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Digital Multimeters


Digital Multimeters

   DMMs do have a limit on how much current they can measure. Usually this limit is printed at the point where the red lead plugs into the meter. If it says, "10 Amps Max" then there is a 10-amp fuse inside the meter that will blow if the current is above 10 amps. If you take out the 10-amp fuse and put in a 20-amp fuse, you will burn out the meter beyond repair. I would suggest buying a DMM that will handle at least 20 amps for automotive testing.

   Some DMMs have an inductive pickup that clamps around the wire being tested. These ammeters measure amperage based on the magnetic field created by the current flowing through the wire. DMMs that have an inductive pickup usually will read higher current and have a higher limit. Since this type of meter doesn't become part of the circuit you do not need to disconnect any wires to get a reading.

    Voltmeters are usually connected across a circuit. You can perform two types of tests with a voltmeter. If you connect it from the positive terminal of a component to ground, you will read the amount of voltage there is to operate the component. It will usually read 0 volts or full voltage. If you test a component that is supposed to have 12 volts, but there is 0 volts, there is an open in the circuit. This is where you will have to trace back until you locate the open.

   The other test is a voltage drop test. With a light bulb circuit, if a voltmeter reading indicates full voltage at the light sockets but a light doesn't work, the problem could be the bulb, the socket or the ground connection. If you install a bulb that you know is good, the problem now becomes the socket or ground. Without disconnecting anything, connect the voltmeter to the ground terminal of the socket and a good chassis ground. If the socket is bad, the meter will read zero volts. If the socket is good and the ground connection is dirty or bad, the meter will read very close to battery voltage. Any voltage reading at all indicates a poor ground circuit.

Typical Resistance Test

   Another useful function of the DMM is the ohmmeter. An ohmmeter measures the electrical resistance of a circuit. If you have no resistance in a circuit, the ohmmeter will read 0. If you have an open in a circuit, it will read infinite.

   An ohmmeter uses its own battery to conduct a resistance test. Therefore there must be no power in the circuit being tested or the ohmmeter will become damaged.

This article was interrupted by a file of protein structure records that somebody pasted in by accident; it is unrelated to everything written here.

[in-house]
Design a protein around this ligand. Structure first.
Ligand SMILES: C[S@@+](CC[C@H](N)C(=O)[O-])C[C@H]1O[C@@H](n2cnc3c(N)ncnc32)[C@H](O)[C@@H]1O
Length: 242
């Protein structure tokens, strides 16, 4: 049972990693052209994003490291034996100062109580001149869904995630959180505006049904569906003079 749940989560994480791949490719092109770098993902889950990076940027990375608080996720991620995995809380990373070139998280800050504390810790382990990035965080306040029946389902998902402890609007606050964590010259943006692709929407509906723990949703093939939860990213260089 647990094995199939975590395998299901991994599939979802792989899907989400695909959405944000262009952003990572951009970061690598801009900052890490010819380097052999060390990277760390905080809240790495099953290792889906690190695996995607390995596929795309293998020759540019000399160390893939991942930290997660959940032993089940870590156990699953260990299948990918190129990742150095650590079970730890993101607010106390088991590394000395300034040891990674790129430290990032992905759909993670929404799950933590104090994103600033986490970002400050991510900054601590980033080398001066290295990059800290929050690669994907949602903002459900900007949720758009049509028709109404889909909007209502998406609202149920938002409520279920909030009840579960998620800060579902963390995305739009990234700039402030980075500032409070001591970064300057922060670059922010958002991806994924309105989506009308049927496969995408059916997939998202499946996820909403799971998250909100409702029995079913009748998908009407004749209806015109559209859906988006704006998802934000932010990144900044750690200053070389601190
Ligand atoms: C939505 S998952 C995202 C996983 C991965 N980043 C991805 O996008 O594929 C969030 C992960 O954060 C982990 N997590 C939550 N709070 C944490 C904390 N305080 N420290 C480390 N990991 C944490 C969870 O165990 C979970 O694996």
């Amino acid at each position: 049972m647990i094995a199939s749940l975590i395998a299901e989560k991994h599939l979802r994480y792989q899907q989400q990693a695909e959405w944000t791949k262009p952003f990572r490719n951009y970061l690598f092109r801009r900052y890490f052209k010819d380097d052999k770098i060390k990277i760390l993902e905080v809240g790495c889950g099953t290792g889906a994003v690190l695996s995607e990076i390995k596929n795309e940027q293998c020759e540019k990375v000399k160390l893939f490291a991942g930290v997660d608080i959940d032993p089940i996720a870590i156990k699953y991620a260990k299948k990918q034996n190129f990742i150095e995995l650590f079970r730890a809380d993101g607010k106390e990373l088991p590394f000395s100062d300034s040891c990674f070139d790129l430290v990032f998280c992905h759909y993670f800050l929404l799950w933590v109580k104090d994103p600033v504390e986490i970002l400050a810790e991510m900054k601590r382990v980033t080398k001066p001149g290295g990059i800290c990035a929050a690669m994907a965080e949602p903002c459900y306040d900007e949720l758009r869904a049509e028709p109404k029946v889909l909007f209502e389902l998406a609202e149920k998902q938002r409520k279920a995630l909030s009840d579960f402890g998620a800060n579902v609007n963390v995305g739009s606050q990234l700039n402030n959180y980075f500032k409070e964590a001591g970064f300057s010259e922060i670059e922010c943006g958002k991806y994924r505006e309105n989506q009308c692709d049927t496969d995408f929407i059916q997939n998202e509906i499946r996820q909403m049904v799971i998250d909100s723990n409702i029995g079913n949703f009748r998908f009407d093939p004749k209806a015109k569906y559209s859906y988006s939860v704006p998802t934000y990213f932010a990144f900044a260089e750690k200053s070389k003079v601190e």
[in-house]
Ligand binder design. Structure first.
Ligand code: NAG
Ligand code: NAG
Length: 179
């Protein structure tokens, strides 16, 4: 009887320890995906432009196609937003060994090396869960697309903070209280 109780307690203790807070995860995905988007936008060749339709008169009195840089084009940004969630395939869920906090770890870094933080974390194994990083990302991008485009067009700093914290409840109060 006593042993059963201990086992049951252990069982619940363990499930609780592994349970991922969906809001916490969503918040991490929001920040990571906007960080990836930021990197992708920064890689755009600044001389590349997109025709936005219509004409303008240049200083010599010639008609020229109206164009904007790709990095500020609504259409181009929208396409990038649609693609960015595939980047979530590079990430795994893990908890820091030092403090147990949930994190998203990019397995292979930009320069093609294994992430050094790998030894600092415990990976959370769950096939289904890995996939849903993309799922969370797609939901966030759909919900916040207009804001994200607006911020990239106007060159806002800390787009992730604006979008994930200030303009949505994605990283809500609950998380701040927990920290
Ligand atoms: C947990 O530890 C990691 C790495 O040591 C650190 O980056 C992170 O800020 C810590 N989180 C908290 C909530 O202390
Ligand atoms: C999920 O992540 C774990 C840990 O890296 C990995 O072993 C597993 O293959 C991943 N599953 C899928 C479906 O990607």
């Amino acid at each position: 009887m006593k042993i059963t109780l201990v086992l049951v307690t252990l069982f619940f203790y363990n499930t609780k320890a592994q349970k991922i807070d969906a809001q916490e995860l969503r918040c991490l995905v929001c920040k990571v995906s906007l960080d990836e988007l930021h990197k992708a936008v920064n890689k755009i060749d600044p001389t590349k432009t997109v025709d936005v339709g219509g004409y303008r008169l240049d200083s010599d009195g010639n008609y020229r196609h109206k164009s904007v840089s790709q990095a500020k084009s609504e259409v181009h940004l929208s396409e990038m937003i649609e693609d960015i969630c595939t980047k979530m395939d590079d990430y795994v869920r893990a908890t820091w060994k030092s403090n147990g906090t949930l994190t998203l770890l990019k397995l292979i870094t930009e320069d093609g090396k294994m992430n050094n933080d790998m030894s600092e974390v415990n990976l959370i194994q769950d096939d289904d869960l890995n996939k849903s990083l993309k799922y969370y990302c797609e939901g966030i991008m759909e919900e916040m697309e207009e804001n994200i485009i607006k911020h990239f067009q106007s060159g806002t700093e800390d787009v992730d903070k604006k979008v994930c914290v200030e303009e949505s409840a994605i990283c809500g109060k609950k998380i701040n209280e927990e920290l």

When you test a component you put the red lead on the positive side and the black lead on the negative side. Current from the battery will flow through the component and the meter will determine the resistance by how much the voltage drops. If the component has an open the meter will flash "1.000" or "OL" to show an open or infinite resistance. A reading of 0 ohms indicates that there is no resistance in the component and it is shorted. If a component is supposed to have 1,000 ohms of resistance and a test shows it has 100 ohms of resistance, which indicates a short. If it reads infinite, then it is open.

   Analog ohmmeters will need to be calibrated before they are used. There is an "ohms adjust" screw on the meter used to do the calibration. To calibrate the ohmmeter, you touch the red and black leads together and turn the adjusting screw until the needle is at 0. You should do this each time you use the ohmmeter and each time you change scales. DMMs do not need to be calibrated since they will self calibrate themselves. Holding the two leads together will confirm that they are, indeed, calibrated.

   To check a wire in a harness you connect one lead at one end of the wire and the other lead to the other end of the wire. If the wire is good you will get a reading. If it is broken, you will get an infinite reading. This is useful in determining why a particular component is not getting power. Just be sure you isolate the wire from the circuit so your ohmmeter does not get damaged.

   These are the three basic functions of all DMMs. Some DMMs will have many other features such as averaging where it will take a reading over a period of time and average it out. Some have a MIN/MAX feature that will hold the highest/lowest reading. Some will do specific diode tests, measure injector pulse times and even have thermometers. Meters like this can be many hundreds, or even thousands, of dollars.

   Whatever kind of meter you have it can be the most useful tool you have when it comes to tracking down an electrical or electronic problem. Make sure you know what your meter can and cannot do. And don't push it past its limits. With a good wiring diagram, a decent DMM and a little common sense there won't be any problem you can't track down.

   Copyright © 2001 - 2003 Vincent T. Ciulla All Rights Reserved

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